Saturday, September 6, 2008

Tulip Basket Lath Art

Just finished this one today. It measures 16" w x 17.25" h and is made up of 68 pieces. I did a progession of this one and added it to my website under "The Process". The link is listed off to the side of this page. Rod Skramstad


Chris said...

This one is awesome! I checked out your process section. I see the picture with the clamped pieces of wood. Is this an assmebly frame? I like how you do the background first and them assemble the main element. It appears to me that you trace, and cut out the tulips and basket from each piece of the the back ground. Is this correct? The first picture looks like craft, or carbon paper. How do you transfer your picture to the pieces? I also appears to me that you use a piece of plywood to glue all of your pieces to. Is this correct? I know that I've asked a bunch of questions, but I am very intersted in your process. Nice work!


roddy said...

yes on assembly frame....not really on the second one....i cut the pattern , trace onto other lath, cut the pieces , set on the background, trace actual pieces and cut the background piece out.i used 1/2" particalboard on the first ones....but seemed a bit heavy, so i tried 1/2" ply on the next ones...a bit more expensive but a bit lighter..the pattern picture didn't turn out too good but it is just a craft paper that i drew the design on to.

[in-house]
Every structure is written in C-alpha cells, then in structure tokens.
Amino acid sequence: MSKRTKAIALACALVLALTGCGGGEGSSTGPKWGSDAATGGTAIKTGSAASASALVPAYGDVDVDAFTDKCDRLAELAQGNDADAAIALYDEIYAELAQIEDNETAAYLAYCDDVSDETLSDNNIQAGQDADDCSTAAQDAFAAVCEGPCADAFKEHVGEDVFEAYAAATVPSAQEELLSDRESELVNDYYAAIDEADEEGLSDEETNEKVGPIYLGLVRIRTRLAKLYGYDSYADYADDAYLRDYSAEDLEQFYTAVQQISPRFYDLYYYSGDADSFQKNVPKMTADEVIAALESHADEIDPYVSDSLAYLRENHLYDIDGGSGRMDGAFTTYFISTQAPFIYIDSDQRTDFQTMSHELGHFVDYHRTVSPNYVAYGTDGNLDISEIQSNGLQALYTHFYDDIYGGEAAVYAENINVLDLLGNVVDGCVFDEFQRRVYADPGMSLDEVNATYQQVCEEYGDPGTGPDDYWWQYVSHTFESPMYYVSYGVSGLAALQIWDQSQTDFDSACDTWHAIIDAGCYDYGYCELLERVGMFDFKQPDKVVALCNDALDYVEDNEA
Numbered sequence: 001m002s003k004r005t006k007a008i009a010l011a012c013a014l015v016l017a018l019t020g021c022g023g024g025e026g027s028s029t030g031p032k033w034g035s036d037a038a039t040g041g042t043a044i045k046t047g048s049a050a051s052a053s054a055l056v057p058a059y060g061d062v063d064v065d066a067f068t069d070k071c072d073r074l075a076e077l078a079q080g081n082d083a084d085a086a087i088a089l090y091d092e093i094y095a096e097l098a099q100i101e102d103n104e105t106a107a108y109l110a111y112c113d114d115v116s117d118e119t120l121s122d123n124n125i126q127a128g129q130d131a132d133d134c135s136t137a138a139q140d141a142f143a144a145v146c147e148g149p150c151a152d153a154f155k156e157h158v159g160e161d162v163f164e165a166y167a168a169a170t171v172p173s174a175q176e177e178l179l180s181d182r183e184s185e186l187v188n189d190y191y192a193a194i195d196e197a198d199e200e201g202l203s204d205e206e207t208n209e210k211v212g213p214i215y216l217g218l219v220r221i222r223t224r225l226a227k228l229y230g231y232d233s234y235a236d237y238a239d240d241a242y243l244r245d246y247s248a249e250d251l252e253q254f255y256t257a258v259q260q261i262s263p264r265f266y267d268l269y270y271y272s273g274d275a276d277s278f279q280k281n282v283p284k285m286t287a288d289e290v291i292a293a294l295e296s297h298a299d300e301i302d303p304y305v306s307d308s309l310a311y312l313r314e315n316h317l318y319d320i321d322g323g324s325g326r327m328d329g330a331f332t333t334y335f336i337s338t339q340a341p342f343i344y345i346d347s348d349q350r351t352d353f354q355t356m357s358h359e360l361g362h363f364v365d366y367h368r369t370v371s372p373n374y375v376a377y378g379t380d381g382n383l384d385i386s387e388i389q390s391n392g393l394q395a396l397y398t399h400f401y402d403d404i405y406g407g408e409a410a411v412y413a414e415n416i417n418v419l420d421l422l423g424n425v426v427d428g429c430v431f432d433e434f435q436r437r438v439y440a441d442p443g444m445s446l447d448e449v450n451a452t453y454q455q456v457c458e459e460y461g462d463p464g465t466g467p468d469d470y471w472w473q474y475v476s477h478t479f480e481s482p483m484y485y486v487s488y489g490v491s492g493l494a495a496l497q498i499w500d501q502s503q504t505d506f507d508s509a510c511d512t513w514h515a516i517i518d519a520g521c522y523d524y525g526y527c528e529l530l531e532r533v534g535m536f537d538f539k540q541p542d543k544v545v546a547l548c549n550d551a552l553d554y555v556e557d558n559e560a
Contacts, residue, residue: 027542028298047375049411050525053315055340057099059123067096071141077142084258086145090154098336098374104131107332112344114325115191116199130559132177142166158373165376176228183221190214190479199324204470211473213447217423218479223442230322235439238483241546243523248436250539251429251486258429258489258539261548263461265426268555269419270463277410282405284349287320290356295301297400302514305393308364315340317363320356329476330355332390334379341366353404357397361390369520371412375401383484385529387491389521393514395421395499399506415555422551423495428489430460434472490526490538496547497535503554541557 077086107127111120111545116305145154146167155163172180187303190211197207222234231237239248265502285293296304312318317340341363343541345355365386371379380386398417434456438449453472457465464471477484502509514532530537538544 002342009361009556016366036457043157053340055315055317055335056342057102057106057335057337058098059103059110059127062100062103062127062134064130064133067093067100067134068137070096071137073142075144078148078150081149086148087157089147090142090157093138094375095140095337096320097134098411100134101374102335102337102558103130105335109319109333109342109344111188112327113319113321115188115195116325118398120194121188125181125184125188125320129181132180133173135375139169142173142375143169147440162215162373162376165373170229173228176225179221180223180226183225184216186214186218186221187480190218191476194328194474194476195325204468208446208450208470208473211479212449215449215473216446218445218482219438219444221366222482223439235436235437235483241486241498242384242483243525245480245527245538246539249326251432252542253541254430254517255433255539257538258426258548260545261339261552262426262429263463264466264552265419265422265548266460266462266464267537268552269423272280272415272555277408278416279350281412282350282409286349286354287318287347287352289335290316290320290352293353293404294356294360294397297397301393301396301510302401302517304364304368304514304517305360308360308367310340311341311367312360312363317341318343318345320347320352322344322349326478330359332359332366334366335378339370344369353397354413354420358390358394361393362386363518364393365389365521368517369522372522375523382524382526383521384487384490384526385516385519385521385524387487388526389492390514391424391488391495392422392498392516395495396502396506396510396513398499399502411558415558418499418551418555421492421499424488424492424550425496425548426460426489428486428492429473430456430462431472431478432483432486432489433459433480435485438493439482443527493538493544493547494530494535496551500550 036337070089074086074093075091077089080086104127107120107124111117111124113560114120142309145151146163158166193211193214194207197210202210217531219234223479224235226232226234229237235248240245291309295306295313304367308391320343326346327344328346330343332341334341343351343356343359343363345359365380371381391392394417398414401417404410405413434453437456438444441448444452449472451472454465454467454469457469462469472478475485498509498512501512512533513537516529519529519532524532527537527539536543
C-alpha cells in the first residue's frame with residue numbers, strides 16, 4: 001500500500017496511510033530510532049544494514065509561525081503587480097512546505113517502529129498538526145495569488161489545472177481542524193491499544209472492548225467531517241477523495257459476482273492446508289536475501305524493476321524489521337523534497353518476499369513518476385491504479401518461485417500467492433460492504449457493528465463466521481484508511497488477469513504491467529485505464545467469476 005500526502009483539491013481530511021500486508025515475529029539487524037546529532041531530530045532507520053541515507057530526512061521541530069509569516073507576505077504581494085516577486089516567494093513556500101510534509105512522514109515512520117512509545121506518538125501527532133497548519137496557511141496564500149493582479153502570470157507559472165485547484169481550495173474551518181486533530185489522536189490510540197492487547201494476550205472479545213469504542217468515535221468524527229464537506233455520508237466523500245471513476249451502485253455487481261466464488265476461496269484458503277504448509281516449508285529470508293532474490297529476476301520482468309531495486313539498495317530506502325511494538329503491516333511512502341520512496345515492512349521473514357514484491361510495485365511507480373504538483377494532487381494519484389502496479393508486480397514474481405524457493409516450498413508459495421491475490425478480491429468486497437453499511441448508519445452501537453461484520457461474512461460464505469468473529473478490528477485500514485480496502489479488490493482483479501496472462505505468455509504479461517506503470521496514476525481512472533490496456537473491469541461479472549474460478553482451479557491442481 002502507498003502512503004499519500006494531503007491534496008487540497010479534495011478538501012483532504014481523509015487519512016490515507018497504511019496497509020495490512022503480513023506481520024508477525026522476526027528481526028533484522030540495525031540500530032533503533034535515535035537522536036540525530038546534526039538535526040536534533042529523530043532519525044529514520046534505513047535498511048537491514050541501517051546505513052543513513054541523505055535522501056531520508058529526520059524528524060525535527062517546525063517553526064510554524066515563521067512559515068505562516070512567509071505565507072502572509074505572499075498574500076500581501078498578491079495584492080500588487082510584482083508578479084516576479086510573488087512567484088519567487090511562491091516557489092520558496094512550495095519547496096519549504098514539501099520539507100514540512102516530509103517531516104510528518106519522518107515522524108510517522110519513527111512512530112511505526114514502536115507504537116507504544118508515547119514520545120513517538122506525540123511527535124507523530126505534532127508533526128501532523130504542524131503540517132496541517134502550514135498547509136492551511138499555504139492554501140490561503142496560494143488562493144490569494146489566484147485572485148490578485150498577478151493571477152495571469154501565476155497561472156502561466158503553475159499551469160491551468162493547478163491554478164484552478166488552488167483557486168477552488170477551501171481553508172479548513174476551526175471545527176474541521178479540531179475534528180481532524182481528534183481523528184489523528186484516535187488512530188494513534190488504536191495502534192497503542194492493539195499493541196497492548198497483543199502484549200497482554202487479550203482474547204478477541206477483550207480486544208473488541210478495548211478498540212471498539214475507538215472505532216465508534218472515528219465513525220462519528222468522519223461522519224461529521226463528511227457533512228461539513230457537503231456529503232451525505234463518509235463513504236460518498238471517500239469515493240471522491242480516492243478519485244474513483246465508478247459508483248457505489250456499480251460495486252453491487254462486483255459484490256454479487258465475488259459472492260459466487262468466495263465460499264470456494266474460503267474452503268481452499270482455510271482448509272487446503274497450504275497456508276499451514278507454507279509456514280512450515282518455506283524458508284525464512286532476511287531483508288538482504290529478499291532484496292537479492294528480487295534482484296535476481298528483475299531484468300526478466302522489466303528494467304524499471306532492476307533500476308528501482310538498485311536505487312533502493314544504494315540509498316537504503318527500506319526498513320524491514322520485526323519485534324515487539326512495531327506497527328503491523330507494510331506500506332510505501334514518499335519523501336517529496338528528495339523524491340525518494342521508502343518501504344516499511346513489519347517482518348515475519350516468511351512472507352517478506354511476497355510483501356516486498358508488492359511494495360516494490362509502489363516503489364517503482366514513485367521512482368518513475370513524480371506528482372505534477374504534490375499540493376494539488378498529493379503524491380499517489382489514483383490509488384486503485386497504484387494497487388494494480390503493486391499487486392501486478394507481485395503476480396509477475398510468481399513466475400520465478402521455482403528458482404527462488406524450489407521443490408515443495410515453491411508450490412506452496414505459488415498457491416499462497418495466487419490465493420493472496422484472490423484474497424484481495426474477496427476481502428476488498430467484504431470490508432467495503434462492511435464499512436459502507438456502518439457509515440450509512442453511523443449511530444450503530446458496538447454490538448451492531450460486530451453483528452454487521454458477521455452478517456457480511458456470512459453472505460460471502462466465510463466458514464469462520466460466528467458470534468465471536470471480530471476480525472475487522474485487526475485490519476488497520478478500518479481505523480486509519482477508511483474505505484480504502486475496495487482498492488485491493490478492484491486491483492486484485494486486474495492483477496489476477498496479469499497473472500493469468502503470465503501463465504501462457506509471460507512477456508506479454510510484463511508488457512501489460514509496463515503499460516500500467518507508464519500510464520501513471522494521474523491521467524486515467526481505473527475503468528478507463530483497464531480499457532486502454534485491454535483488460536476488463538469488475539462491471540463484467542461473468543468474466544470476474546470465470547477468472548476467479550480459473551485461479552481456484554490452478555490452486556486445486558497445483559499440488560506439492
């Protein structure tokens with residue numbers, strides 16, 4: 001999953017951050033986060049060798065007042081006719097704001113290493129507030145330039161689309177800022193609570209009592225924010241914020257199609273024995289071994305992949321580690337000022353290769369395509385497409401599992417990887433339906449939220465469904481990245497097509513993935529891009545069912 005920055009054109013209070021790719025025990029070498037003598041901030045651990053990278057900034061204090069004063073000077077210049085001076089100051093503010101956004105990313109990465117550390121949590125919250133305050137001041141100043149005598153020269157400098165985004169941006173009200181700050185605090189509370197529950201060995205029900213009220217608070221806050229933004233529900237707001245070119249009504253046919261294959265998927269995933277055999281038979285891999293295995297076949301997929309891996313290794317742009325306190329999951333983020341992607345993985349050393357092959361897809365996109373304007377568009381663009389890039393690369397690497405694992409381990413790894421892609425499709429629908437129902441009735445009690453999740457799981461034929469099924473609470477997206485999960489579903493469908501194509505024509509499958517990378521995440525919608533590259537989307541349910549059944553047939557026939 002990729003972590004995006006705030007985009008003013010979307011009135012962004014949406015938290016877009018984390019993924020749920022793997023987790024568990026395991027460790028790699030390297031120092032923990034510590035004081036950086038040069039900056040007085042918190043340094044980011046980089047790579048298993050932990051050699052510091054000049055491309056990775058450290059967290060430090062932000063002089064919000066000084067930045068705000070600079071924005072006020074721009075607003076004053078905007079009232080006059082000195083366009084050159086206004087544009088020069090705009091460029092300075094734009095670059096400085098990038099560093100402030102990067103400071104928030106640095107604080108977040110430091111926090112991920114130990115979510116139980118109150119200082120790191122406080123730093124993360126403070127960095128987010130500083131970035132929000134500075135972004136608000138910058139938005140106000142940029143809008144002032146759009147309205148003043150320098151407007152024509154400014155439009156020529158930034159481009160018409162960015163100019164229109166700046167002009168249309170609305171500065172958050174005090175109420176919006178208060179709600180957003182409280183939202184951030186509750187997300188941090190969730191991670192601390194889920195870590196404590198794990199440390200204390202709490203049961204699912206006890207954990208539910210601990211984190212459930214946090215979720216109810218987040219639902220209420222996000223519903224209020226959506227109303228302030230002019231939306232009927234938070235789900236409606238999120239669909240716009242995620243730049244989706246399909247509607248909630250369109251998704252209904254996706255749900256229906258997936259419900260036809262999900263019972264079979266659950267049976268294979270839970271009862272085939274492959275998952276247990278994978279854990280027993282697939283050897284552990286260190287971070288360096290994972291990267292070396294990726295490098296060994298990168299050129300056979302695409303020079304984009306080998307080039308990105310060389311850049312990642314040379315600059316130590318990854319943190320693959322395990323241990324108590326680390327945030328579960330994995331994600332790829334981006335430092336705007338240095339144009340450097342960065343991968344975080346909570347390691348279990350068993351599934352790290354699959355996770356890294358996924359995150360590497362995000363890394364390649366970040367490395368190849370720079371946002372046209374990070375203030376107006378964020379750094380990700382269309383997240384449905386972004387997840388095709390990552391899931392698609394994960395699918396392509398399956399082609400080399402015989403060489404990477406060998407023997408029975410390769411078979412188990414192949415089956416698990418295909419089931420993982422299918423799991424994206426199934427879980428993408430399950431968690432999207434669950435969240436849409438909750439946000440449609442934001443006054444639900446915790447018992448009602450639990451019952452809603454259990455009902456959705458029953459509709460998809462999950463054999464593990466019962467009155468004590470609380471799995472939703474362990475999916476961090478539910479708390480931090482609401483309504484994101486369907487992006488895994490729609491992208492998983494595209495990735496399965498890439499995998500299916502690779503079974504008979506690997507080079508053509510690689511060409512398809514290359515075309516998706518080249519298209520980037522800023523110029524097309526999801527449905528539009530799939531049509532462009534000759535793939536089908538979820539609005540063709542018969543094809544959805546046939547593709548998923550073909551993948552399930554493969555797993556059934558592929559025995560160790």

T said...

Thanks for sharing your procedure.

I noticed your wood looks grey prior to being painted. Is that the natural weathering? Another thing, do you sand the wood prior to painting? When I bought lath stickers (as they were called in Canada) they were very hairy, which I exploited for the frames, but found too busy for the actual picture.

Someone commented on this blog about using cardboard as a backer. I don’t recommend that, particularly if you want your painting to hang outdoors. The Woodscape kits use cardboard, but this is more due to the problems of packaging and shipping full size heavy backer boards.

Again, very nice work.

roddy said...

yes on the natural weathering...i do sand what as much as necessary...the amount depends on what effect i am going for and the fuzziness of the stick....i use a 1/2" the best for me for nailing on pieces and "building" the frame..